What Does a Tax Write-Off Mean?

What Does a Tax Write-Off Mean?

When you file your taxes, most people prefer to pay as little as possible. While the Internal Revenue Service will come after you for unpaid taxes if you don’t report all your income, the IRS won’t search you out to give you a refund if you don’t claim all the tax deductions that you’re entitled to claim. As a result, it’s important to learn how tax write-offs work and to know what you can and can’t write off to lower your tax bill. When you know how deductions work, you can plan at least some of your expenses to maximize your income tax savings.


A tax write-off means an expense that you pay that you can use to reduce your taxable income when you file your tax return. Different tax write-offs have different eligibility requirements, so just because you incurred the expense doesn't mean you'll save money on your taxes.

Types of Tax Write-Offs

Tax write-offs fall into two main categories: adjustments to income and itemized deductions. Adjustments to income refer to deductions that you can claim on your taxes regardless of whether you claim the standard deduction or not, making them the more favorable type of deduction.

Itemized deductions are tax write-offs that you can only claim if you give up your standard deduction and instead claim the sum of your itemized deductions. As a result, itemized deductions only save you money on your taxes if the total exceeds your standard deduction. In 2018, the standard deduction is $12,000 if you file as single or married filing separately, $18,000 if you file as head of household and $24,000 if you file as married filing jointly.

Adjustments to Income

Adjustments to income, sometimes called above-the-line deductions, are better than itemized deductions because you can claim adjustments to income without giving up your standard deduction. Common adjustments to income include contributions to traditional IRAs, student loan interest, the tuition and fees deduction, alimony paid and the educator expense deduction. But some of these deductions have additional qualifications that you must meet before can claim them or caps on the maximum amount you can deduct each year.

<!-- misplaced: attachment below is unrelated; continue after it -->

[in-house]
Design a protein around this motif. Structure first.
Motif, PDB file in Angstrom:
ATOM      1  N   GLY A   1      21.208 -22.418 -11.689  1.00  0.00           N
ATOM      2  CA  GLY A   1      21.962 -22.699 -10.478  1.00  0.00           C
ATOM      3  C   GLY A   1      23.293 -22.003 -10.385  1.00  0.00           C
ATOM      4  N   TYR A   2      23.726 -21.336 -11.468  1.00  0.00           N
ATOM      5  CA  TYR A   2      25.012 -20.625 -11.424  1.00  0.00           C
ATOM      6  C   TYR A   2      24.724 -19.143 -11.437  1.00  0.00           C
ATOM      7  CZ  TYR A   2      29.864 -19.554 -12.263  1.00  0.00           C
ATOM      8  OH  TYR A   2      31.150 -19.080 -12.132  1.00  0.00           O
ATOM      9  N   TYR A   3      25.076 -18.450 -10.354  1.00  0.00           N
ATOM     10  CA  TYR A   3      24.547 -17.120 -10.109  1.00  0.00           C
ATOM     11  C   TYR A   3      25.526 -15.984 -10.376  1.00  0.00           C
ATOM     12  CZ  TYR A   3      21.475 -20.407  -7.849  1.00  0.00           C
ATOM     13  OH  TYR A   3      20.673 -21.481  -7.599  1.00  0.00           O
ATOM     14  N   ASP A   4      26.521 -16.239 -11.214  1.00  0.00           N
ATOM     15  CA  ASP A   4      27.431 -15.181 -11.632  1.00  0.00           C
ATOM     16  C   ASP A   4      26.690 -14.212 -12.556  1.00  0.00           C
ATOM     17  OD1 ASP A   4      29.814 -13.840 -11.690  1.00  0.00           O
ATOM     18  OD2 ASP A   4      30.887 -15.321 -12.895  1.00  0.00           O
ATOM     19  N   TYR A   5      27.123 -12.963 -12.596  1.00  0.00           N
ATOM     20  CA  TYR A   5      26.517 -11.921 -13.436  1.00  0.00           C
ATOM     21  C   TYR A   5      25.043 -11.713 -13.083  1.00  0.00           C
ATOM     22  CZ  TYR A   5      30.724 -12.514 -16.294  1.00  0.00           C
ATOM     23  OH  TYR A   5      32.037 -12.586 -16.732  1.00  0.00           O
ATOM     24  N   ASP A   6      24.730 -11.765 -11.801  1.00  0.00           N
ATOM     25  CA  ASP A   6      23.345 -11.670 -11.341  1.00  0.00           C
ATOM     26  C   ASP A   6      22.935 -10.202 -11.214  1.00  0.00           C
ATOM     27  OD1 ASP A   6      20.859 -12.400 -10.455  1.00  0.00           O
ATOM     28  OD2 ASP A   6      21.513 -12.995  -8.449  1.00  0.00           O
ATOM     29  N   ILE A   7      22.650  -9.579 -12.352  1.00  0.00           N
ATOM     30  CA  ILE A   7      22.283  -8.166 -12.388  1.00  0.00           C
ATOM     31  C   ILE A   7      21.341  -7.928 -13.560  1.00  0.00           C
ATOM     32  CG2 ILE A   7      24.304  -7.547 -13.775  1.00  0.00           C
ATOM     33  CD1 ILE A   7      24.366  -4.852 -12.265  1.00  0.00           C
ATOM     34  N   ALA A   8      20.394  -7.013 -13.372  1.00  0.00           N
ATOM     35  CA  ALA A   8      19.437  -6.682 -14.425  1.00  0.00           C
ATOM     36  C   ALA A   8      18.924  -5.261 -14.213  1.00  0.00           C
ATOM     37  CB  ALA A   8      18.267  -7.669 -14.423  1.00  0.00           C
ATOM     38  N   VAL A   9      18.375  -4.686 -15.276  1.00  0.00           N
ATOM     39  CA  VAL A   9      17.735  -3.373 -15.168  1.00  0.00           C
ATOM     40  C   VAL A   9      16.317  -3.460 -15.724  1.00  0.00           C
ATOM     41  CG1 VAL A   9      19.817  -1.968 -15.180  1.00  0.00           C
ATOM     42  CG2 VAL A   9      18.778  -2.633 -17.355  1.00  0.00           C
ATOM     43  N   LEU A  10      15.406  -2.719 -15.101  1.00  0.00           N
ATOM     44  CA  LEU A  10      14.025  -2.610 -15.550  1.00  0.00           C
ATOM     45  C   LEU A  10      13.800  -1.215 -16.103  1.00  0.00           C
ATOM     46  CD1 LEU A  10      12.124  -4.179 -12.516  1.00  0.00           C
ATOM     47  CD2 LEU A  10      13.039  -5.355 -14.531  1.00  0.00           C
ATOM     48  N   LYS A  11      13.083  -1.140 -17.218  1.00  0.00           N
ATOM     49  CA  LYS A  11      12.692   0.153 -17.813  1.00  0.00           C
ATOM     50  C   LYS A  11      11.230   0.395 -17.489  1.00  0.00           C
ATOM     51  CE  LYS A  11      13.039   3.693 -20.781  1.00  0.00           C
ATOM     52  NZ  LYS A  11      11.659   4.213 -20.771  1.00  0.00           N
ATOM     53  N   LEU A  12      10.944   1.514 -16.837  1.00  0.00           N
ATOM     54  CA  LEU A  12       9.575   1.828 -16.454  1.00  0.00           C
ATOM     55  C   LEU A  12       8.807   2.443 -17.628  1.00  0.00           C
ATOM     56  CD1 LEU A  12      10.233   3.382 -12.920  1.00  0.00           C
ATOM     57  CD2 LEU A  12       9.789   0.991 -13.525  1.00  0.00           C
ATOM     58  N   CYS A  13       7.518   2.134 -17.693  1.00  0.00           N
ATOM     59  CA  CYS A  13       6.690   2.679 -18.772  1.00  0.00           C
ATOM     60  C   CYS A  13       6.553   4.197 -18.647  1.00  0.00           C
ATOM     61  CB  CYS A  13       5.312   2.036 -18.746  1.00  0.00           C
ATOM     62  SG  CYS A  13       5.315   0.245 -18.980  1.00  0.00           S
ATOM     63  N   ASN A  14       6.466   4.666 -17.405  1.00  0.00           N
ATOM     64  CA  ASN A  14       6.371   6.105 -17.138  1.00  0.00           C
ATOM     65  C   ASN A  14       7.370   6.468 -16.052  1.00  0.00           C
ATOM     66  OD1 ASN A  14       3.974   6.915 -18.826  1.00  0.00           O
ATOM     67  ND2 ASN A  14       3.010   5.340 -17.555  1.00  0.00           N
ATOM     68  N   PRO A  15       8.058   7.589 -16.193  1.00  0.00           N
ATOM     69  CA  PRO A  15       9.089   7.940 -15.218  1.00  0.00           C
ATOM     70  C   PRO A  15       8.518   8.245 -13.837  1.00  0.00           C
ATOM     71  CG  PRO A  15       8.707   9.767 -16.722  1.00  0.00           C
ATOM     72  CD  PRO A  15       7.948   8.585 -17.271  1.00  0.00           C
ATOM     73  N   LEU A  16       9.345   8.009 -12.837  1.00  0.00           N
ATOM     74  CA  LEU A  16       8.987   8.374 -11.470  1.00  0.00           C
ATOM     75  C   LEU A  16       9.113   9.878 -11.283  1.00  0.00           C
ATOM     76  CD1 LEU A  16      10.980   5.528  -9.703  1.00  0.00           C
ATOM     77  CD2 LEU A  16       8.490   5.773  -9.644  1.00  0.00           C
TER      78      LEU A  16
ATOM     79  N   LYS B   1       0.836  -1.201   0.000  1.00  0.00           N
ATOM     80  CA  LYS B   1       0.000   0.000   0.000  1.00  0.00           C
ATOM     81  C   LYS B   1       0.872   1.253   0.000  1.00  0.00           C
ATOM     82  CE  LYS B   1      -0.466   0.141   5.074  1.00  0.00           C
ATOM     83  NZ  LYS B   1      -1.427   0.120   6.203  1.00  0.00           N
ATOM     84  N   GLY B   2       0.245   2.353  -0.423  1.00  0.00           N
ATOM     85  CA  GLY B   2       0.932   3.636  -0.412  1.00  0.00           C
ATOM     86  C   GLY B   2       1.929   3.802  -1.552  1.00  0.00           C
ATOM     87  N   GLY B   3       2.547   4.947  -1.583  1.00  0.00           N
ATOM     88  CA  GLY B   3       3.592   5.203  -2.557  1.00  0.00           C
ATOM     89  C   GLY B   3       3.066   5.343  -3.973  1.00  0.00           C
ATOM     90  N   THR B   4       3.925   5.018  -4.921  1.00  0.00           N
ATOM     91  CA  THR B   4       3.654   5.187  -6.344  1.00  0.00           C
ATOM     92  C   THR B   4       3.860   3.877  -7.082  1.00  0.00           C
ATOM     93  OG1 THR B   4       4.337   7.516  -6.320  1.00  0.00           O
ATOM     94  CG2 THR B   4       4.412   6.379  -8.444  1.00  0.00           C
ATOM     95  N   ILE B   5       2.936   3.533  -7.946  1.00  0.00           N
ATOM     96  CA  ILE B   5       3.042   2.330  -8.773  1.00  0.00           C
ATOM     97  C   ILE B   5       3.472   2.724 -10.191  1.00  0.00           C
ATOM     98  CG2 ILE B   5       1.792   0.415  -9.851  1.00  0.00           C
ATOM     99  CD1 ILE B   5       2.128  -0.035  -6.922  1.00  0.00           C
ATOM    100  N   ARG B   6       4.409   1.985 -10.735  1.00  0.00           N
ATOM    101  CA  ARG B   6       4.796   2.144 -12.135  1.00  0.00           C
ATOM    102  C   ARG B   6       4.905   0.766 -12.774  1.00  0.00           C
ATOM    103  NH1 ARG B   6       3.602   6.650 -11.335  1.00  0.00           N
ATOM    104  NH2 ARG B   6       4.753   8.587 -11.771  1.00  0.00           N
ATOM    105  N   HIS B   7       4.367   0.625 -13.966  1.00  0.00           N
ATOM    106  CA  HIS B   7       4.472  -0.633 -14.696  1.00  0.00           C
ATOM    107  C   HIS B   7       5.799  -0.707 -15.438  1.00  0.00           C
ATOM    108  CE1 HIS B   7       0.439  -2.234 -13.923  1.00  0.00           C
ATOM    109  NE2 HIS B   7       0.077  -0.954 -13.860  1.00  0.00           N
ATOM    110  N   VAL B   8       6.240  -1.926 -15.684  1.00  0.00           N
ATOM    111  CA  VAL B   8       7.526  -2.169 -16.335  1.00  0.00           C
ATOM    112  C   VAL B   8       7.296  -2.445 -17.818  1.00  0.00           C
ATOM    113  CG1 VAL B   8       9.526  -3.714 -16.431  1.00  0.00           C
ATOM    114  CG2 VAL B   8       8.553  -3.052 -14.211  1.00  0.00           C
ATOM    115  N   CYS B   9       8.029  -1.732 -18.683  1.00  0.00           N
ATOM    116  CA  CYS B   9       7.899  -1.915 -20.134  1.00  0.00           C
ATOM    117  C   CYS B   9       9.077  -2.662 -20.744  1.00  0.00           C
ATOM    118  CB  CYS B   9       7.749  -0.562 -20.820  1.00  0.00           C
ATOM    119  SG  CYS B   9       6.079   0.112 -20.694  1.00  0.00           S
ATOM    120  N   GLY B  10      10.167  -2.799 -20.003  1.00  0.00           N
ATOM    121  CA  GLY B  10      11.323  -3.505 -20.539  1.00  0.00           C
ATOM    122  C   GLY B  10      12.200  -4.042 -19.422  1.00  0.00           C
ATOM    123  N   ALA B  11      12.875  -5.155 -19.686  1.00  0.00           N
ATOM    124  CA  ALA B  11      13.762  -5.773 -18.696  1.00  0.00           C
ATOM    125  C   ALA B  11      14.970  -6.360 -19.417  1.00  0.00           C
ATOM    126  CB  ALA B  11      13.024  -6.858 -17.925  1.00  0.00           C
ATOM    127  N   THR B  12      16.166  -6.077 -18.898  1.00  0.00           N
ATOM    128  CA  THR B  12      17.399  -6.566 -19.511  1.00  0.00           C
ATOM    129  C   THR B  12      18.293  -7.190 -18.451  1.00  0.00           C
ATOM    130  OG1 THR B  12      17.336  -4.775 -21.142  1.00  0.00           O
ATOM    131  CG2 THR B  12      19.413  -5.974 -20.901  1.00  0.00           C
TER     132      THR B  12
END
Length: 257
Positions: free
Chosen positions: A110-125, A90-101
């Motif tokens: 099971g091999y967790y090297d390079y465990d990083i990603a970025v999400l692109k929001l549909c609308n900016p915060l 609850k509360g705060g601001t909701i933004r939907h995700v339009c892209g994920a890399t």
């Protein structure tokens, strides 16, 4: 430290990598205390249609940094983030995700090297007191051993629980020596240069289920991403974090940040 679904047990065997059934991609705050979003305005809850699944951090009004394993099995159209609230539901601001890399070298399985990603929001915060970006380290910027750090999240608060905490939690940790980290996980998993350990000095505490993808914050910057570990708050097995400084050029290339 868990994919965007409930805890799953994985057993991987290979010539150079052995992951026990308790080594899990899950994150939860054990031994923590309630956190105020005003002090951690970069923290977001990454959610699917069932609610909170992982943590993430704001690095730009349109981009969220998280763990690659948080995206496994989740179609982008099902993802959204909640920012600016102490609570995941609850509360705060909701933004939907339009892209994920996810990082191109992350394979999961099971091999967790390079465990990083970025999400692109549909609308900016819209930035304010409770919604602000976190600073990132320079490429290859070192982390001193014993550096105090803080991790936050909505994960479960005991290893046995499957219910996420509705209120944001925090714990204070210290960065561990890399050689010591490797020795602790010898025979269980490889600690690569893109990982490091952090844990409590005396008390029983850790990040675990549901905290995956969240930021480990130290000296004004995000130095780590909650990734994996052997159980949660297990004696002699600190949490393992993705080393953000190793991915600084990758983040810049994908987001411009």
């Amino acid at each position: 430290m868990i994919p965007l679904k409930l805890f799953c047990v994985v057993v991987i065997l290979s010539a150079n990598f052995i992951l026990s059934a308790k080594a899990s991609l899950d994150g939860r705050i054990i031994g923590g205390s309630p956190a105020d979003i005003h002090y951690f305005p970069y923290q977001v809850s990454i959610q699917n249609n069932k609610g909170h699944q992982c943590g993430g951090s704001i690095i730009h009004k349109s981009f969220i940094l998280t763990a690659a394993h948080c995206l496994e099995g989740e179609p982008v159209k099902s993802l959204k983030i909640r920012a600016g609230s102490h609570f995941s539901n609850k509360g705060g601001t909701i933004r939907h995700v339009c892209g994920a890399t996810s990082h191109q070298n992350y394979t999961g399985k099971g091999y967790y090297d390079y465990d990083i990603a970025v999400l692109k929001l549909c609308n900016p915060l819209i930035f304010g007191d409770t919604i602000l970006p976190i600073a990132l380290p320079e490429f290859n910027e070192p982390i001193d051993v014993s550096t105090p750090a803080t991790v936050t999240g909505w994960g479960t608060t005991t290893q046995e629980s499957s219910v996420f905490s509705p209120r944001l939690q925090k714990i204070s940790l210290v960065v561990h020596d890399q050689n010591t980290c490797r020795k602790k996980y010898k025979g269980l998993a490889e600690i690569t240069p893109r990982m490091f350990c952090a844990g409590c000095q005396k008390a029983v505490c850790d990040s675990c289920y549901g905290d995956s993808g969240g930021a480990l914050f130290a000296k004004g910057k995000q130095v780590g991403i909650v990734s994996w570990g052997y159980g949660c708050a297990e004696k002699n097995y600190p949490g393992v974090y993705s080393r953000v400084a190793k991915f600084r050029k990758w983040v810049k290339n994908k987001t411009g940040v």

For example, contributions to traditional IRAs, up to the annual contribution limit, can usually be deducted as a tax write-off. However, if you or your spouse is eligible to contribute to an employer-sponsored retirement plan, like a 401(k) plan or 403(b) plan, you can’t deduct your contribution if your modified adjusted gross income exceeds the annual limits for your filing status. For 2018, if you are single and covered by an employer plan, you can write off your full contribution if your modified adjusted gross income is under $63,000. If it’s between $63,000 and $73,000, your deduction starts to phase out, and once your modified adjusted gross income exceeds $73,000, you can’t deduct any of your contribution. For couples, if you are the covered spouse, you can deduct all of your contribution if your modified adjusted gross income is under $101,000. The deduction phases out when your modified adjusted gross income is between $101,000 and $121,000 and is no longer available when your modified adjusted gross income exceeds $121,000.

The student loan interest deduction also has caps on the maximum amount you can write of as well as how high your income can be to still be eligible. For 2018, you can’t deduct more than $2,500 of student loan interest. But you’re not allowed to claim the deduction if you use the married filing separately tax status or if you can be claimed as a dependent on someone else’s income tax return.

Finally, the educator expenses deduction allows certain education professionals to write off up to $250 of their unreimbursed job expenses such as continuing education courses or books and supplies for their classroom. To qualify as an eligible educator, you must be a kindergarten through 12th-grade teacher, instructor, counselor, aid or principal for at least 900 hours per school year in an elementary or secondary school. If both you and your spouse are eligible educators, you can each write off up to $250 for a total deduction of $500.

Itemized Deductions

Itemized deductions are less favorable because you have to claim them instead of claiming the standard deduction. The big-ticket itemized deductions for most people include state and local income or sales taxes, real estate and other property taxes, charitable contributions and medical expenses.

It can be challenging to qualify for the medical expenses deduction because you’re only allowed to deduct the portion of your medical expenses that exceed 7.5 percent of your adjusted gross income. For example, if your adjusted gross income is $71,000, the first $5,325 of your medical expenses isn’t deductible. So, if you had $6,000 of qualifying medical expenses, you’re limited to only deducting $675 on your taxes. Qualifying medical expenses include visits to the doctor, dentist or optometrist, prescription drugs and the cost of treatments like surgery or therapy, but not elective cosmetic surgery or any costs that are reimbursed by your insurance company.

Charitable contributions to qualified organizations can also reduce your income taxes as a tax write-off so not only are you doing good for your community, but you’re also lowering your tax bill. One of the best ways to maximize the deduction is to donate appreciated stock that you’ve owned for more than one year to a charity. When you do, you get to claim a tax write-off for the full fair market value of the stock you donate and you never have to pay income taxes on those capital gains.